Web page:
By: Lynne Wilson Orr, Principal, Parkin Architects Limited
There can be very interesting stories behind why we design the building features that we do. Design is sometimes a challenging profession as it can take many years to see the results of your efforts, particularly in healthcare design. But every so often, you see a tangible and welcome outcome from something that was a challenge identified by a client’s story. Recently, we toured a new client through the Brampton site of ErinoakKids Centre for Treatment and Development and talked with staff about some of their stories.
Parkin was delighted to be retained in 2012 as the Planning, Design and Compliance Team for ErinoakKids, a multi-site children’s treatment facility serving Peel and Halton. As an organization, ErinoakKids had recently completed a complete reorganization of how they offered services, just prior to our being brought on board. They were located in 12 different buildings, most of which were leased and none of which was truly suitable for providing care for children with multiple types of physical, developmental and emotional challenges. It very quickly became obvious to us that their clientele had unique needs and that this was a huge opportunity to create a new type of building solution to meet these needs. It was our job to write Project Specific Output Specifications (PSOS) with which other designers would have to comply, and we had to make these very specific to the needs of ErinoakKids’ clientele.
Working with ErinoakKids staff, the programmers and consultants, we soon realized that the buildings (there were to be three of them in three different locations) could and should be part of the therapeutic process. Sometimes the best ideas for how to achieve this came about as a result of conversations with staff, often about non-related elements and site visits to other providers of similar services, as well as research into the specific requirements of ErinoakKids’ clientele. On one of the site visits made with ErinoakKids staff, we were in a beautiful facility and we saw two young children sitting on bean bag chairs in front of a large stone fireplace. The caregivers in the area seemed to be very responsive to the children’s needs and there was the scent of cookies baking. As an architect, I was initially pretty impressed. The ErinoakKids staff were not! After we left, they were critical of the fact that no-one had involved the children in the making of the cookies. The problem was that not only was the open kitchen area not wheelchair accessible, but it was the production kitchen for the meals, so not a safe place for children. As a result of our discussions, we dictated in the PSOS that fully accessible, child-friendly kitchen areas were to be included in the design of the new facility. The kitchens are a hit with the children and staff and now everyone can participate in making cookies.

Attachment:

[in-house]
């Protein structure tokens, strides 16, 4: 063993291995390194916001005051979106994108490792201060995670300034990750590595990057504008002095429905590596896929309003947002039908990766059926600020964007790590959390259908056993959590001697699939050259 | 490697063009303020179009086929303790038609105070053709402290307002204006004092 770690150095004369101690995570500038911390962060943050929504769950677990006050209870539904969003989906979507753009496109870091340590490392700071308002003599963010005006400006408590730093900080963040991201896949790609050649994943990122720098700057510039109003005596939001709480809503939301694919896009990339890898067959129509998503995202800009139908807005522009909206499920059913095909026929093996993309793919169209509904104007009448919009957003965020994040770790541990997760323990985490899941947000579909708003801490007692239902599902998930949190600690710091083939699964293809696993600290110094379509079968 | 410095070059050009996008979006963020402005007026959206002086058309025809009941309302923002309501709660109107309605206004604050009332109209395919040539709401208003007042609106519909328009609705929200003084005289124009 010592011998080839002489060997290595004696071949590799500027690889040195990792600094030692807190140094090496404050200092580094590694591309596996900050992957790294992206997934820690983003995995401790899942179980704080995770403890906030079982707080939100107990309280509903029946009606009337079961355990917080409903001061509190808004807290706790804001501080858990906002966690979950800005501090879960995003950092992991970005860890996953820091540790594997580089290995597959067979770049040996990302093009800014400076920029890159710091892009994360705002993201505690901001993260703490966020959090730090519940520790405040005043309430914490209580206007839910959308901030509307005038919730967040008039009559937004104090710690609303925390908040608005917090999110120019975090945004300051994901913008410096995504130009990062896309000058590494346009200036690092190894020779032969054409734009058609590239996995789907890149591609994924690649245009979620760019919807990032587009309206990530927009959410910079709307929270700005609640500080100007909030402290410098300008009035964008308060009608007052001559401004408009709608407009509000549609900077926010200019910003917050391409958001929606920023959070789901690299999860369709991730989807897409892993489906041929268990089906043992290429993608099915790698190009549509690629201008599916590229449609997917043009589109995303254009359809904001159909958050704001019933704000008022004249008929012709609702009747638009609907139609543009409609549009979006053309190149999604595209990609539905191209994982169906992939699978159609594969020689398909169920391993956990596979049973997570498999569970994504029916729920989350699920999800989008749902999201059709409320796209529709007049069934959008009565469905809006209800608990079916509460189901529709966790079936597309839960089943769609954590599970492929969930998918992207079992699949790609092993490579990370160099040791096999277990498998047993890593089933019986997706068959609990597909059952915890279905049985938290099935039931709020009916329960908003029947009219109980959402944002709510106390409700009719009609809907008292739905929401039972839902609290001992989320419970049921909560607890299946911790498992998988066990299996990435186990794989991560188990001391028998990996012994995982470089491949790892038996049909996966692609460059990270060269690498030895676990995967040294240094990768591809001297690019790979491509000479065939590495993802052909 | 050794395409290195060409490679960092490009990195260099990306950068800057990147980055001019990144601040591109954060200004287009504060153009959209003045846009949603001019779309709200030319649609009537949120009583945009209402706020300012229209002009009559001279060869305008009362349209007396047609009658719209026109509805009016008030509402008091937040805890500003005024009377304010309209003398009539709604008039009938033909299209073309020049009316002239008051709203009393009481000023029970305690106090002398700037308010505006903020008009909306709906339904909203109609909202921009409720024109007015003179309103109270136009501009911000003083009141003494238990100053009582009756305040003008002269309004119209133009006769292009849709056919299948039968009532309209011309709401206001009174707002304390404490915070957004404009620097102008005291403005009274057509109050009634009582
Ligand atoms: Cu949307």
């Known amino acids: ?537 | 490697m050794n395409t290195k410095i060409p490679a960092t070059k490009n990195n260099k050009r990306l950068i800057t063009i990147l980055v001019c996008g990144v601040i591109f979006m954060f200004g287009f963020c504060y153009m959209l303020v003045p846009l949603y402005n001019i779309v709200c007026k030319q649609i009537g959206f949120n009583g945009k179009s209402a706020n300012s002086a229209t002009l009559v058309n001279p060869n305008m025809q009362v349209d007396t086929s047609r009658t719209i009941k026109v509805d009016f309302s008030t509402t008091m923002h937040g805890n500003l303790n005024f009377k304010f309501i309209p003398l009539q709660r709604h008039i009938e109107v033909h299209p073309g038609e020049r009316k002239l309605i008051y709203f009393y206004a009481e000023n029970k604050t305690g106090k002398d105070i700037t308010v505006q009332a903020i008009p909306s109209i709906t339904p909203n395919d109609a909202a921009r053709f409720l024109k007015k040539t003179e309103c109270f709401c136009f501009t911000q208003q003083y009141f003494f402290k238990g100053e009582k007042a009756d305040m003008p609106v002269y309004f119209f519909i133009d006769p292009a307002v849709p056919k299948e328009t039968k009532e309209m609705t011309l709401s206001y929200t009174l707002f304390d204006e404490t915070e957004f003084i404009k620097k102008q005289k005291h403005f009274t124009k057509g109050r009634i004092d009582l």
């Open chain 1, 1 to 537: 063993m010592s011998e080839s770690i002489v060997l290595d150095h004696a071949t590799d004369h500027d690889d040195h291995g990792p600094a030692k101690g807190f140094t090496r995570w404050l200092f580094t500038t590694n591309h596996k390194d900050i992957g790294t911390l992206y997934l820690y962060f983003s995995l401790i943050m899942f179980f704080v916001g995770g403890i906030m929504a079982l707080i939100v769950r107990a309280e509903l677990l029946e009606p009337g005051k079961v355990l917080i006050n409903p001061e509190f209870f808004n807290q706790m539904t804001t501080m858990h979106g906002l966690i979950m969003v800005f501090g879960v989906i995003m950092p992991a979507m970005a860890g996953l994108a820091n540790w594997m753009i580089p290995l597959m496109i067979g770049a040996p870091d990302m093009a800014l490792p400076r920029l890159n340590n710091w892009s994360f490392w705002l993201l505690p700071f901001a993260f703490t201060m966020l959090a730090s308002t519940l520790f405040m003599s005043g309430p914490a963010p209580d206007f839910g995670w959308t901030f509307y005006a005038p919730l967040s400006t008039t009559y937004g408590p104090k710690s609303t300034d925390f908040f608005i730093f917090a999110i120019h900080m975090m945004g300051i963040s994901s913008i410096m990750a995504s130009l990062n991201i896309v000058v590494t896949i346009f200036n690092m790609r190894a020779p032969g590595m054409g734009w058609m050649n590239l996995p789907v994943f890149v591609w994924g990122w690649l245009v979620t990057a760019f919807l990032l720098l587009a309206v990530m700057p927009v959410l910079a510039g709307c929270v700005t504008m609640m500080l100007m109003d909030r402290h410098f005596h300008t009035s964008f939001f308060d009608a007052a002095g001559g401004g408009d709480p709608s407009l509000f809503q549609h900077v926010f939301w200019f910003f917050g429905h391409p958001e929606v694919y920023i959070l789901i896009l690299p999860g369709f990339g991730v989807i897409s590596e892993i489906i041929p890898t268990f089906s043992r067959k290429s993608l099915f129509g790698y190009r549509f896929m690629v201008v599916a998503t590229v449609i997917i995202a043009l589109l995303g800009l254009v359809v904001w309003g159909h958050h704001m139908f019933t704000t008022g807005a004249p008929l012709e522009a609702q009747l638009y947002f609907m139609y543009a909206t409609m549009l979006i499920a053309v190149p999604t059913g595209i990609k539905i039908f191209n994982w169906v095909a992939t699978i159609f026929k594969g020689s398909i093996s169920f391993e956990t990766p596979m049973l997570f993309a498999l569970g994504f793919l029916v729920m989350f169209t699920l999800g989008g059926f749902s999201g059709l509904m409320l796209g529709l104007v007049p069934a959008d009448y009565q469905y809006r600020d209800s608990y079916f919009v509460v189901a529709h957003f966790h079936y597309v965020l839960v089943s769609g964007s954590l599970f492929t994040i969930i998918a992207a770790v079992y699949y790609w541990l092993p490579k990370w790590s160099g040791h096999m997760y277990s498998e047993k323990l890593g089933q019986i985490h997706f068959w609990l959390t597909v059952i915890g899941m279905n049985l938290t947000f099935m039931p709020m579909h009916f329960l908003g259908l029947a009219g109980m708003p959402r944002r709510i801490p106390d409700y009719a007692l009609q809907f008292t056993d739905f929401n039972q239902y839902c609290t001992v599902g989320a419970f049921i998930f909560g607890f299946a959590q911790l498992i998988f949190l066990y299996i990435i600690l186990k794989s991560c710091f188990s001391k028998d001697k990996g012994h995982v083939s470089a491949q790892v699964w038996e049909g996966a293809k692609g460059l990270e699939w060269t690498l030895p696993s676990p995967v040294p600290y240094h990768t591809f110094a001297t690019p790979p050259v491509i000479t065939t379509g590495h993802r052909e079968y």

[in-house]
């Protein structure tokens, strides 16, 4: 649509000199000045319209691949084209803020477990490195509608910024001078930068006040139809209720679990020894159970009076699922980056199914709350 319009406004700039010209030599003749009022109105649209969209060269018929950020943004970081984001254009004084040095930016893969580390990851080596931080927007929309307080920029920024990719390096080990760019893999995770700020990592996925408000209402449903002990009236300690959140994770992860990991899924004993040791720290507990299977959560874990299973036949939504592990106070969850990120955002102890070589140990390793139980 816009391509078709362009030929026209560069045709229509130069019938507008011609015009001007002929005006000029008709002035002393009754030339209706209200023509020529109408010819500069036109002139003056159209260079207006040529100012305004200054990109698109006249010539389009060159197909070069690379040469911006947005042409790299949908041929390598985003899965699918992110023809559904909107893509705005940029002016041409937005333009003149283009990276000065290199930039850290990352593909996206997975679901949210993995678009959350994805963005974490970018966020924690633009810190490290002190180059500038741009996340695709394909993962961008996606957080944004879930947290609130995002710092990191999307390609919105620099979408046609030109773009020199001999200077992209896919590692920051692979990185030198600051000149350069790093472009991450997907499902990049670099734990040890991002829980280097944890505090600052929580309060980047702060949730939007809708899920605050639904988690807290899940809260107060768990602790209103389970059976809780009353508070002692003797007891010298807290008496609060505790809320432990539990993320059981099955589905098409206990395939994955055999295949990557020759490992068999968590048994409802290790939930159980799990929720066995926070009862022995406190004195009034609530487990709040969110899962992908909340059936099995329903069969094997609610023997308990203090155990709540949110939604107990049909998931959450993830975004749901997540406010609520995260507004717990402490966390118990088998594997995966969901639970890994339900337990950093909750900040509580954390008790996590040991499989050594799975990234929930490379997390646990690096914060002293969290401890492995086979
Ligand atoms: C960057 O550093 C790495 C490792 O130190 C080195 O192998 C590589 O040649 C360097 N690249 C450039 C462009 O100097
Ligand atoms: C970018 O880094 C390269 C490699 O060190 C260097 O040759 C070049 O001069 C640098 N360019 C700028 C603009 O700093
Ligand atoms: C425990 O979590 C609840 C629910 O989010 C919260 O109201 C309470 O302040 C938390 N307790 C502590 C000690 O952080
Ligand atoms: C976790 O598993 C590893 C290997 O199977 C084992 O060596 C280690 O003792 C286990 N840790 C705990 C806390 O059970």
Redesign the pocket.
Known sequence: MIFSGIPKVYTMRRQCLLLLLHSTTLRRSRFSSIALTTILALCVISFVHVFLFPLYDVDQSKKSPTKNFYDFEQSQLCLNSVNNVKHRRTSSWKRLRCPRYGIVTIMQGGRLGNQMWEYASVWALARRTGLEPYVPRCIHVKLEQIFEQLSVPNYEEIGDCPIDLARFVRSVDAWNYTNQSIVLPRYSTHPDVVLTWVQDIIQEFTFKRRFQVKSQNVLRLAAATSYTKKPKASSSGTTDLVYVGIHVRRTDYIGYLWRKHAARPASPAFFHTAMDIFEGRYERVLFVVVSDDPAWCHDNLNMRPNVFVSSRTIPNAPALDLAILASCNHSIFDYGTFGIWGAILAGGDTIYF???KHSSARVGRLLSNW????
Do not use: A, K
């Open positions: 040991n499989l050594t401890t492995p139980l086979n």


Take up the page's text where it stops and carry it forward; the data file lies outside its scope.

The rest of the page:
The Brampton site has a new purpose-built respite facility with 26 beds divided into two houses. One house is designed to support Medically Fragile Technology Dependent Children and the other designed to accommodate children with autism. Within each house, the staff wanted to have some specially designed rooms with padded walls, a higher window and anti-ligature hardware to make them safe for children with Angelman’s Syndrome, severe behaviour issues and/or hyperactivity disorders. This was translated into specific requirements in the PSOS and then carefully interpreted by the ProjectCo designers. The mother of one of the children, whose daughter regularly spent time at the old respite centre, walked into the new facility and was shown one of the new safe rooms. She burst into tears as she saw where her daughter would stay. The Respite Coordinator was very concerned for her and started to worry that there was something wrong with the room until the woman explained that she was just so relieved that it is such a safe place for her daughter.
Other examples of design elements resulting from discussions with staff include the climbing walls at each site, inspired by one of the physiotherapy staff who mused that a climbing wall would visually reinforce and communicate ErinoakKids’ belief that every child can do whatever they set their mind to do. Therapeutically, the handholds were required to be specifically colour coded to encourage children to overcome colour phobias, to teach others about shapes and assist some children to identify their colours. The televisions behind the mirrors in the children’s washrooms are a result of a visit to the MGM Grand Hotel in Las Vegas where similar TVs are in the hotel bedroom washrooms. However, ErinoakKids uses them to reinforce proper bathroom etiquette and handwashing techniques, rather than to encourage patrons to visit the casino! Numbers on the risers of the main feature stair encourage children to overcome issues with the use of stairs and extra-large landings provide respite for some children who have difficulty with transitions, as well as for others with stamina and physical issues.
Each of these stories was generated through discussions both in formal meetings and informally in the corridors before and after meetings; and are a result of the very close collaboration between the PDC Team, ErinoakKids staff and the ProjectCo designers.